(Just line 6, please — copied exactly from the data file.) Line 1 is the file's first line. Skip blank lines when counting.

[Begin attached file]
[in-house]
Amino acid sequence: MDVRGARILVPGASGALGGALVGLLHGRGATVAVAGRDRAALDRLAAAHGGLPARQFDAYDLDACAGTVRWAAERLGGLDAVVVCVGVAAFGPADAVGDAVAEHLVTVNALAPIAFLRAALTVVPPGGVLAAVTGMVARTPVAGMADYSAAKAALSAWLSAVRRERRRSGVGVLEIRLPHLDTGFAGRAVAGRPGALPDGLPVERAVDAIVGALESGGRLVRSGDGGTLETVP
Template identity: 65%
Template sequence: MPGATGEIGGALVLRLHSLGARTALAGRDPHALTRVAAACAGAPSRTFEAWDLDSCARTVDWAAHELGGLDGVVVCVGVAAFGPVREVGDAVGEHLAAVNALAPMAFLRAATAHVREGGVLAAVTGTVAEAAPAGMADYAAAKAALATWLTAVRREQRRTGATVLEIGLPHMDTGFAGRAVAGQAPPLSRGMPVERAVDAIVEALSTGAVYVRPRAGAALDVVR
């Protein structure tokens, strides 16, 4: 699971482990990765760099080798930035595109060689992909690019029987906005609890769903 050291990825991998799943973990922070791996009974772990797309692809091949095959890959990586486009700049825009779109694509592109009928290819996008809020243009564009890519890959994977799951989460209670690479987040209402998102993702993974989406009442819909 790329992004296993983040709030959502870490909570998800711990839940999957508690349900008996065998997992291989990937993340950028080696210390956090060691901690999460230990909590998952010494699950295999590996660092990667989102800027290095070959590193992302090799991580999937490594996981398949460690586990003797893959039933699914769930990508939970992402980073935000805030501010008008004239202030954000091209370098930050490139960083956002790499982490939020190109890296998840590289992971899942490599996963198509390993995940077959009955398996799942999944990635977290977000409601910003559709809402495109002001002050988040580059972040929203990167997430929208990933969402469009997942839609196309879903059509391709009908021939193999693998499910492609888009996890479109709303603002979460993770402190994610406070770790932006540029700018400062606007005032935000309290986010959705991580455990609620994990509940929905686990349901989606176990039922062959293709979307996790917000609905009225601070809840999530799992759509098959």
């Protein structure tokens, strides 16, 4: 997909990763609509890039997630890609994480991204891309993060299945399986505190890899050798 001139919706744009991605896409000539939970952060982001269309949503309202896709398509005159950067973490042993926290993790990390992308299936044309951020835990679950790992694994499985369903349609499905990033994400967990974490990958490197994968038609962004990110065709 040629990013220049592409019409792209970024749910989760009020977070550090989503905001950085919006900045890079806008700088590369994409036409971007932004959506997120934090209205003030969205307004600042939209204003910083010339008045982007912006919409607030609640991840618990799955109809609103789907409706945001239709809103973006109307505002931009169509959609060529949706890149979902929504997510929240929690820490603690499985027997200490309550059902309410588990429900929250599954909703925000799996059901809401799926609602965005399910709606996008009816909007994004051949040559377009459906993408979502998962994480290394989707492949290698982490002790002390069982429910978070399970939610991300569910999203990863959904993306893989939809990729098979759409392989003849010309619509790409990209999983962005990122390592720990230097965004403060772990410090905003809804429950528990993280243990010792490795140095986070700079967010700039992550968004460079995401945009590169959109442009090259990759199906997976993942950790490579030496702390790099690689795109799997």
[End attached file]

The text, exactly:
């Protein structure tokens, strides 16, 4: 997909990763609509890039997630890609994480991204891309993060299945399986505190890899050798 001139919706744009991605896409000539939970952060982001269309949503309202896709398509005159950067973490042993926290993790990390992308299936044309951020835990679950790992694994499985369903349609499905990033994400967990974490990958490197994968038609962004990110065709 040629990013220049592409019409792209970024749910989760009020977070550090989503905001950085919006900045890079806008700088590369994409036409971007932004959506997120934090209205003030969205307004600042939209204003910083010339008045982007912006919409607030609640991840618990799955109809609103789907409706945001239709809103973006109307505002931009169509959609060529949706890149979902929504997510929240929690820490603690499985027997200490309550059902309410588990429900929250599954909703925000799996059901809401799926609602965005399910709606996008009816909007994004051949040559377009459906993408979502998962994480290394989707492949290698982490002790002390069982429910978070399970939610991300569910999203990863959904993306893989939809990729098979759409392989003849010309619509790409990209999983962005990122390592720990230097965004403060772990410090905003809804429950528990993280243990010792490795140095986070700079967010700039992550968004460079995401945009590169959109442009090259990759199906997976993942950790490579030496702390790099690689795109799997």